“More than that.”

Hanaud threw up his arms. “I was there but for a few seconds. During those seconds I was occupied.”

Mr. Ricardo shook his head sternly. “That won’t do for me, I’m afraid.”

Hanaud gave in with a gesture of despair and a look of regretful admiration. “It is true. I, like this Miss Diana, confess that I was a fool. I should have known better. A secret! Ha, ha! Conceal it if you can! The cunning Mr. Ricardo is after it straight as the cock crows!”

Ricardo was in the habit of foolishly correcting his friend’s admirable English idioms, but preening himself upon this admission of his perspicacity, he allowed the unfortunate form in which it was expressed to pass. Hanaud took him by the arm and led him out of everyone’s hearing to the very edge of the terrace.

“Yes. I saw something in that room,” he said in an important voice. “I shall tell you what it is. A little picture. It hangs upon the wall above the bed. I saw it as I laid that poor young lady down. You must look at it when you get the chance. You will see just what I saw. Meanwhile, however—” And he laid a finger meaningly upon his lips.

Mr. Ricardo was thrilled to his marrow at being made a participator in this mystery. “I shall not say a word about it,” he said reassuringly, and Hanaud without a doubt was immensely relieved. He was turning away when now Mr. Ricardo caught him by the arm.—“Before you continue your work,” he said with a new but tiny touch of patronage in his voice—he was always anxious to reward one of Hanaud’s rare confidences—“I must warn you. You betray yourself, I think, a little more than you used to. So far it is not very serious. But the defect will grow unless it is very carefully watched.”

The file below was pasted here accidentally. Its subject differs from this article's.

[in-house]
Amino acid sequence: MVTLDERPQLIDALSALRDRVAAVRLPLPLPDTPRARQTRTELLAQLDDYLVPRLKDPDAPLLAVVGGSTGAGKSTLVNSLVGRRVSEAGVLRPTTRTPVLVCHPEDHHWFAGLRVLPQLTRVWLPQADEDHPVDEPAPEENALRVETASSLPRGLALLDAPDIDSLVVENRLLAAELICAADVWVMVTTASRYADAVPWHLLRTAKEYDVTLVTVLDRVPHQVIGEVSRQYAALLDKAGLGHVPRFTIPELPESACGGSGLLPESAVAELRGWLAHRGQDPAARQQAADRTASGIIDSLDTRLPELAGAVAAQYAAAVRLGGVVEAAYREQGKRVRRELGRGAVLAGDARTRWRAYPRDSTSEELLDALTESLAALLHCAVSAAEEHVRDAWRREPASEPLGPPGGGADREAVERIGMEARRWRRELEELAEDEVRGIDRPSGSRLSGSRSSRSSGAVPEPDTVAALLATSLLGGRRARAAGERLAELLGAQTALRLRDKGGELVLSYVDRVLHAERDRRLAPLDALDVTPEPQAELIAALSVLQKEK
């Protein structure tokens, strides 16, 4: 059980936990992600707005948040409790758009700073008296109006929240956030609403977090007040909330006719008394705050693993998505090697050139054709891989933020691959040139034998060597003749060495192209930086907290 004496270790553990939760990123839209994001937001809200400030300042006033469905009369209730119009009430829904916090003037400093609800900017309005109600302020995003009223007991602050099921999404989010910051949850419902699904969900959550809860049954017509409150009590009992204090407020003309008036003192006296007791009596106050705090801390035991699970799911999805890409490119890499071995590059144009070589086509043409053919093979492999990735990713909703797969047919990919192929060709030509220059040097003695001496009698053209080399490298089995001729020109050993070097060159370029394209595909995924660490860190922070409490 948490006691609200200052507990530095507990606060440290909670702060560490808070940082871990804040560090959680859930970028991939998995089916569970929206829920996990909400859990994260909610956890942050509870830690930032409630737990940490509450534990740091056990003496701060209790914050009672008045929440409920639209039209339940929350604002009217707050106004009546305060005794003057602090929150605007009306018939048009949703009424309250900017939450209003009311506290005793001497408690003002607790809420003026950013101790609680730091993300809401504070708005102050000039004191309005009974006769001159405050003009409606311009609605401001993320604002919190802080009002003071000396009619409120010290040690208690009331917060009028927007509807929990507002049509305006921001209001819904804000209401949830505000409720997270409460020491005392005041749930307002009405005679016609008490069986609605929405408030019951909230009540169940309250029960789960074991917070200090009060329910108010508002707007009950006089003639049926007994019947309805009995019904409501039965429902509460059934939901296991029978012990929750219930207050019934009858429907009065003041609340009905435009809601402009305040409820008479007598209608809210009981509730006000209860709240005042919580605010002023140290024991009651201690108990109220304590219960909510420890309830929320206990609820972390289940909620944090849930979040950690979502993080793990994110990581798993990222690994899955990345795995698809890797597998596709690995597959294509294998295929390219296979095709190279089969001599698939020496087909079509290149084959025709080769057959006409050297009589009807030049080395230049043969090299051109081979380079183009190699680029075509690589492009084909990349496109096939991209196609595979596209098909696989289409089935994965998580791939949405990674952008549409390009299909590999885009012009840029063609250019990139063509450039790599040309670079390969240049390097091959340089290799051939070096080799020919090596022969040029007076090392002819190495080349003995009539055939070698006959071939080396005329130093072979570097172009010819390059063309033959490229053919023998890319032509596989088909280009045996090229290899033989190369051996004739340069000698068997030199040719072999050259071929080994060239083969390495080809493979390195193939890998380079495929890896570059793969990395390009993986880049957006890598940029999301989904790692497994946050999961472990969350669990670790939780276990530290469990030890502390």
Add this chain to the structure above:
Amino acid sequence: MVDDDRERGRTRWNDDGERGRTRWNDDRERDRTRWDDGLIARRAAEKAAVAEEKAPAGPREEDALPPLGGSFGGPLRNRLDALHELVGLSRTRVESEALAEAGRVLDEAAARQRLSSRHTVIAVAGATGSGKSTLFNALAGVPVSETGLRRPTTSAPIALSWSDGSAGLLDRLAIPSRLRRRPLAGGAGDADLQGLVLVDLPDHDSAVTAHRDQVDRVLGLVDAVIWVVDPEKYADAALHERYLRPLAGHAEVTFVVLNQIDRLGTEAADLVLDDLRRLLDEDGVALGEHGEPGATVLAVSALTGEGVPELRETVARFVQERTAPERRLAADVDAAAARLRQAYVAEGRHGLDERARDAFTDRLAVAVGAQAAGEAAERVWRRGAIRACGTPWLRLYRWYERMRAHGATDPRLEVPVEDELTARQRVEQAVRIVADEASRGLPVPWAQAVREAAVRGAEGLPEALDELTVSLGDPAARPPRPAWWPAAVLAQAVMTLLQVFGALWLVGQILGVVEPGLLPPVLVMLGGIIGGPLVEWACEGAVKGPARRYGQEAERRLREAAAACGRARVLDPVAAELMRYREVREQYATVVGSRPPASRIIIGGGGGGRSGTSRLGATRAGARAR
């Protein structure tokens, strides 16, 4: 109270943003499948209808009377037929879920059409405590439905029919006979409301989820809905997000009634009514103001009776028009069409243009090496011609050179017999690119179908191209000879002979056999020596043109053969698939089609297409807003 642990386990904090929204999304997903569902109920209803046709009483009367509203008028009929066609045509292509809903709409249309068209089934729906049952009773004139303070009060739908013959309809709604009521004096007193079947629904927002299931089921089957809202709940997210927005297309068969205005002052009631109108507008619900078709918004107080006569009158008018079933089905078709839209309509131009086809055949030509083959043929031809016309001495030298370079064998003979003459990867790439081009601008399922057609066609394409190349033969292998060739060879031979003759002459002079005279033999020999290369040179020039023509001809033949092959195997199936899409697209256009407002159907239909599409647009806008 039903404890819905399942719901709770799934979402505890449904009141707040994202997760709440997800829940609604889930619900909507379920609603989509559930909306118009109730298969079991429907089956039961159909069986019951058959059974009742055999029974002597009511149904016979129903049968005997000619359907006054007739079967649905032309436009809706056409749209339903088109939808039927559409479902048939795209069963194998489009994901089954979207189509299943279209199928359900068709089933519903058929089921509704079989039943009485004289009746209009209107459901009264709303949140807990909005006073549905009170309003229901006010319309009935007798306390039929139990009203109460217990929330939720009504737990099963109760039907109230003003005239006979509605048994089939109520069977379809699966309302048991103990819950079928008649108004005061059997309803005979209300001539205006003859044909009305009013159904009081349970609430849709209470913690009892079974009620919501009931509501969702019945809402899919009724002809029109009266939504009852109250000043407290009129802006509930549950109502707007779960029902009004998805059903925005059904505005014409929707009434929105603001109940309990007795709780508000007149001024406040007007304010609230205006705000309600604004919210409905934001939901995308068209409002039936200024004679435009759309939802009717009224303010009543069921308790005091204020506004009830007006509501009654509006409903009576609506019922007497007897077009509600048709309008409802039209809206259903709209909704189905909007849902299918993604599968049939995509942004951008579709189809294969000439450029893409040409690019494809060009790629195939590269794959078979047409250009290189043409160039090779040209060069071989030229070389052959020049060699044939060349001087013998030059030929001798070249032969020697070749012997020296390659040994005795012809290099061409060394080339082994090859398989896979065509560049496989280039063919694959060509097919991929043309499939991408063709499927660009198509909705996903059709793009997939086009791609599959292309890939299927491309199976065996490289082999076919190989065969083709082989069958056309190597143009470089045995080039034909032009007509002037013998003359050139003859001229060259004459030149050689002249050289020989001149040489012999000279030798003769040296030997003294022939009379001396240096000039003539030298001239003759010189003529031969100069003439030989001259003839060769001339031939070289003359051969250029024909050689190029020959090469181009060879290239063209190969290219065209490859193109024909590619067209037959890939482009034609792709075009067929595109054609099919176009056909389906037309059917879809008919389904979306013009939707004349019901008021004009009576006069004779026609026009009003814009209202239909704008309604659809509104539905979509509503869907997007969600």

Hanaud was aghast. “I betray myself!”

“Twice this morning.”

“It is clear, then.” The detective threw up his arms in despair. “Hanaud grows old. Twice! Twice in one morning you catch me bowing.”

“Bending,” said Mr. Ricardo. “But, at the best, it is a vulgar phrase.”



“Once when I see the little picture on the wall?”


“And the other time?”

“Earlier—in the drawing-room. Your regrets that you had so terrible a story to tell, your compassion—on the whole they were very well done.”

“Thank you,” said Hanaud meekly. “Praise from Sir Herbert!”

“Hubert,” said Mr. Ricardo. “Yes, they were well done up to a point. The point when you used one brutal word, and used it brutally, to describe the severed hand.”

All the mischief died out of Hanaud’s eyes. He looked at Ricardo in the oddest way; like some fencer when a despised antagonist slips through beneath his guard.

“Go on!” he said, and Mr. Ricardo was only too pleased to go on. “The sympathy, the gentle remorse that your rough world of crime must break in upon the elegance of that drawing-room—and then suddenly the crude word spoken violently, like a blow—‘hacked’. ‘Hacked off at the wrist’. My friend, you looked for some reaction—yes—some definite reaction from someone in that room.”

Hanaud did not admit the intention. On the other hand, he did not deny it. He remarked rather sulkily: “If I did, I didn’t get it. Come! It is high time that we went off to Villeblanche and identified this poor Madame Devenish. You have your car, no doubt? Yes? Then you and I will go in it and we will leave the police car to Monsieur Herbesthal the commissaire.”

Yet once more during the passage of a morning, Mr. Ricardo was really to astonish the detective. “We will use my car by all means,” he said slowly. “But I do not think that we shall identify Evelyn Devenish.”

Hanaud’s big frame stiffened. ”Oho!” he murmured. “So that was it! Yes! It was you who insisted that Miss Joyce Whipple should be roused from her long sleep. Yes. From the moment when I finished my story, you were troubled by a great fear. Even I, Hanaud, who grow old, could appreciate that. For that reason I wished to drive alone with you to Villeblanche. Yes! It is your little friend, the American, you expect to find in that cold mortuary,” and he shook his shoulders, as though the chill of that place reached out and caught him here on the sunlit terrace. “Let us go! You shall tell me why you fear this, as we go.”

The Prisoner in the Opal - Contents    |     VII - The Cave of the Mummies